Stories & Legends
donate Books CDs HOME updates search contact

Five Hundred Francs in a Closet

Elaine Jordan
On October 13, 1849, a woman named Eugenie van der Kerckove in the parish of Ardoye, in Flanders, died at the age of 52. Her husband, John Wybo, was a farmer. She was a pious and charitable woman who generously gave to charity in proportion to her means. To the end of her life she had a great devotion to the Blessed Virgin Mary, and abstained from meat in her honor on Friday and Saturday of each week. Although her conduct was not free from some faults, she otherwise led an exemplary and edifying life.

Eugenie had a servant named Barbara Vennecke, aged 28, who was known as a virtuous and devout young woman, and who had assisted her mistress in her last sickness. After Eugenie’s death, she continued to serve her master, John Wybo, the widower of Eugenie.

About three weeks after Eugenie’s death, the deceased appeared to her servant under circumstances that we will now relate. It was in the middle of the night. Barbara was sleeping soundly when she heard her name called distinctly three times.

Poor souls purgatory

A Poor Soul is liberated from Purgatory by the power of a Mass said in its intention

She awoke with a start, and saw Eugenie before her, sitting on the side of her bed, clad in a working dress, consisting of a skirt and short jacket. At this remarkable sight, Barbara was seized with astonishment.

The apparition spoke to her: “Barbara," she said, simply pronouncing her name. “What do you desire, Mrs. Eugenie?" replied the servant.

The mistress replied, “Please take the little rake that I often told you to put in its place; stir the heap of sand in the little room; you know to which one I refer. You will find 500 franks there. Use it to have Masses said, two francs for each Mass, for my intention, for I am still suffering.”

“I will do so, Mrs. Eugenie," replied Barbara, and at the same moment the apparition vanished. After awhile she fell asleep again, and reposed quietly until morning.

On awakening, Barbara thought that perhaps it was all just a dream, but yet she had been so deeply impressed and wide awake, she had seen her old mistress in a form so distinct and full of life, and she had received from her lips such precise directions that she could not help thinking, “This cannot have been a dream. I saw my mistress in person. She presented herself before my eyes and surely spoke to me. It is no dream, but a reality."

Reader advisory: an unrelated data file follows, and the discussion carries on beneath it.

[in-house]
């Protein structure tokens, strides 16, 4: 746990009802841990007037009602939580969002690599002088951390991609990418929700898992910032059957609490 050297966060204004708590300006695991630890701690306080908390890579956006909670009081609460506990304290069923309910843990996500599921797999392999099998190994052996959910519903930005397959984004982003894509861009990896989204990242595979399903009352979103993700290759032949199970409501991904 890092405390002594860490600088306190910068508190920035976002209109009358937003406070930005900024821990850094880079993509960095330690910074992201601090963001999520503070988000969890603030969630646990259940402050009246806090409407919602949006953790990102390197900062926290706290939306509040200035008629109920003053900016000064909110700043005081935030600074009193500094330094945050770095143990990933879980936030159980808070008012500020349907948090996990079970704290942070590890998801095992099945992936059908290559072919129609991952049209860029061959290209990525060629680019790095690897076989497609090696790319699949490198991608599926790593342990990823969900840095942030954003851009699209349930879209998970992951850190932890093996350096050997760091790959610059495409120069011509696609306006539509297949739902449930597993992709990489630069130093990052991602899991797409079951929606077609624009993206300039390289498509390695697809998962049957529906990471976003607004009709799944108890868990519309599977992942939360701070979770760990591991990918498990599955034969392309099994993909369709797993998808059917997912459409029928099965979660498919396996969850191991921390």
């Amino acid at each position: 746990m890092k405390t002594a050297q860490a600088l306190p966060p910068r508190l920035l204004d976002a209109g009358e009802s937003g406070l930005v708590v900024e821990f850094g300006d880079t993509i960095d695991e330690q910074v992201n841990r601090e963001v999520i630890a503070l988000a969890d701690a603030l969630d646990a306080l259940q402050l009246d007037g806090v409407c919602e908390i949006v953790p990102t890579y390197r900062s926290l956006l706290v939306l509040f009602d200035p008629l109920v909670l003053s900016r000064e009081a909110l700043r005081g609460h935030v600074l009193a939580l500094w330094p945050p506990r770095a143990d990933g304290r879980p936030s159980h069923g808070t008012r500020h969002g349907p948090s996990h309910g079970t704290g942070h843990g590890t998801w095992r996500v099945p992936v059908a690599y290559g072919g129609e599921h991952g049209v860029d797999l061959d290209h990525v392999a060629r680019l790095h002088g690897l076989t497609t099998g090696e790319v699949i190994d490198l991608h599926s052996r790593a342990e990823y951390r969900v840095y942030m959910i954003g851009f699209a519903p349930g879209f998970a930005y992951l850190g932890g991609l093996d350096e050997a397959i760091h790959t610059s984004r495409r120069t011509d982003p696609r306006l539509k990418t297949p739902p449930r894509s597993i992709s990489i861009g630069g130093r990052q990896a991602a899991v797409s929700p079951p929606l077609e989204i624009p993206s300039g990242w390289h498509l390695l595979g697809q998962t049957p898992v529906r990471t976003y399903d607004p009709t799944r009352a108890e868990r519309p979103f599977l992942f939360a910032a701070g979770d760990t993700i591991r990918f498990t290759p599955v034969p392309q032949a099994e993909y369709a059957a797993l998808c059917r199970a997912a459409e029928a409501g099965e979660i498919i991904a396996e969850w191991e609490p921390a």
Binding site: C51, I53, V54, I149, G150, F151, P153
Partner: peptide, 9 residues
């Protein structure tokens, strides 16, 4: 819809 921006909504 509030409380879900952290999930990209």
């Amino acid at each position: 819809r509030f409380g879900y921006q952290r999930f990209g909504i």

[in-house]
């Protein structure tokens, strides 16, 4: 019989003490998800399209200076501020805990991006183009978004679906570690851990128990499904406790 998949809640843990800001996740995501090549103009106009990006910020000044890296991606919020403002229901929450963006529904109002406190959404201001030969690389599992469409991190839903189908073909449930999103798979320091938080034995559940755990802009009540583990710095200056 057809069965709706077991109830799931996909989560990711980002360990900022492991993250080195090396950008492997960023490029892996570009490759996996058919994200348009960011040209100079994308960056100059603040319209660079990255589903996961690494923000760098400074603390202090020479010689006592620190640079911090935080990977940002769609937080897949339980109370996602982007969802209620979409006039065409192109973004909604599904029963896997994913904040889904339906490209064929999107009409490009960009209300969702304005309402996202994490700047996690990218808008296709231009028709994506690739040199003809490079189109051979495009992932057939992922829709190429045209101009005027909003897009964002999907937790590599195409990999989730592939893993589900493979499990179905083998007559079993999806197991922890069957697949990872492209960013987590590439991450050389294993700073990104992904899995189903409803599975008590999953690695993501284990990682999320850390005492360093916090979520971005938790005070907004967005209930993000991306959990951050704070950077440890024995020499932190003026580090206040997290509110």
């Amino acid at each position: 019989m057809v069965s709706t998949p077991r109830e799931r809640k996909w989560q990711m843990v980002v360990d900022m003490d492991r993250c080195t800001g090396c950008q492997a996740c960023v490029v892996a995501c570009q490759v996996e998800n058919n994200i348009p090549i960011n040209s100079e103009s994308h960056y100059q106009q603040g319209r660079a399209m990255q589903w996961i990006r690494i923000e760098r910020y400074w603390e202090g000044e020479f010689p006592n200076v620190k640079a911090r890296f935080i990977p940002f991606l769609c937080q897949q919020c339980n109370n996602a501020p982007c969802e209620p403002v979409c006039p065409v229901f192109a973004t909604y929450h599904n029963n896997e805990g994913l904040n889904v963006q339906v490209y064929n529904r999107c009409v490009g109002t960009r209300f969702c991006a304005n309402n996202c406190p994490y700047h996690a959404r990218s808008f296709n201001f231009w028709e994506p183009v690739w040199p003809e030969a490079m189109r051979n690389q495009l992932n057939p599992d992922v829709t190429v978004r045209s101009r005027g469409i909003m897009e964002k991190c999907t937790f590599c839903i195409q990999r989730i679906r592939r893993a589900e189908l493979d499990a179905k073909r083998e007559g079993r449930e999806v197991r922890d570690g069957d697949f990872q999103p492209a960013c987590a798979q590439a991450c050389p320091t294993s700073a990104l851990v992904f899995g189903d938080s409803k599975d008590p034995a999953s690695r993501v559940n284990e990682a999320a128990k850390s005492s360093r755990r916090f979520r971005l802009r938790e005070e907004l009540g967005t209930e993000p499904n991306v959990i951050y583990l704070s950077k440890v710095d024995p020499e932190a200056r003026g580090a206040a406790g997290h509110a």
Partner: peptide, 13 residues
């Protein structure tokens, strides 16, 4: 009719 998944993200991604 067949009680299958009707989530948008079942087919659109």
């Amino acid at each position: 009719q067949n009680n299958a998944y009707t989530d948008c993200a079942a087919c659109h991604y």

She, therefore, immediately went and took the rake as directed, stirred the sand, and drew out a purse containing the sum of 500 red francs.

In such strange and extraordinary circumstances, the good young woman thought it her duty to seek the advice of her pastor before spending the 500 francs on having Masses said, and so she went to relate to him all that had happened.

The Rev. Abbé R., then parish priest of Ardoye, replied that the Masses asked by the departed soul absolutely must be celebrated, but, in order to dispose of the sum of money, the consent of the husband, John Wybo, was necessary, since the money was found in his house. The latter willingly consented that the money should be employed for so holy a purpose, and the Masses were celebrated, two francs being given for each Mass.

We call attention to the circumstance of the Mass donations, because it corresponded with the pious custom of the deceased. The fee for a Mass fixed by the Diocese at that time was a franc and a half. But, during her lifetime, Eugenie - through consideration and charity for the clergy, many of whom were quite poor - always gave two francs for each Mass that she asked to be said. Thus, the extra half a frank Mass offering that she normally made was an act of charity and an additional financial support for the priests who celebrated them.

Two months after the first apparition, while Masses were still being said for Eugenie’s intentions, Barbara was again awakened during the night. This time her chamber was illuminated with a bright light, and her mistress appeared before her with a radiant smile, beautiful and fresh in appearance as in the days of her youth, and was dressed in a robe of dazzling whiteness.

“Barbara," she said in a clear voice, “I thank you! For I am now delivered from the place of purification.” Saying these words, she disappeared, and the chamber became dark as before.

The servant, amazed at what she had just seen, was full of joy, and the remarkable story soon spread about the town. This apparition made an intense impression on her mind, and she preserves to this day the most consoling remembrance of it. It is from her that we have these details, through the favor of the Rev. Abbé R., who was pastor at Ardoye when these facts occurred.


Blason de Charlemagne
Follow us

Selected from F.X. Schouppe,
Purgatory – Explained, Tan Books, 1986, pp. 65-67.
Posted November 2, 2013

H000_chanticleer.jpg - 26098 Bytes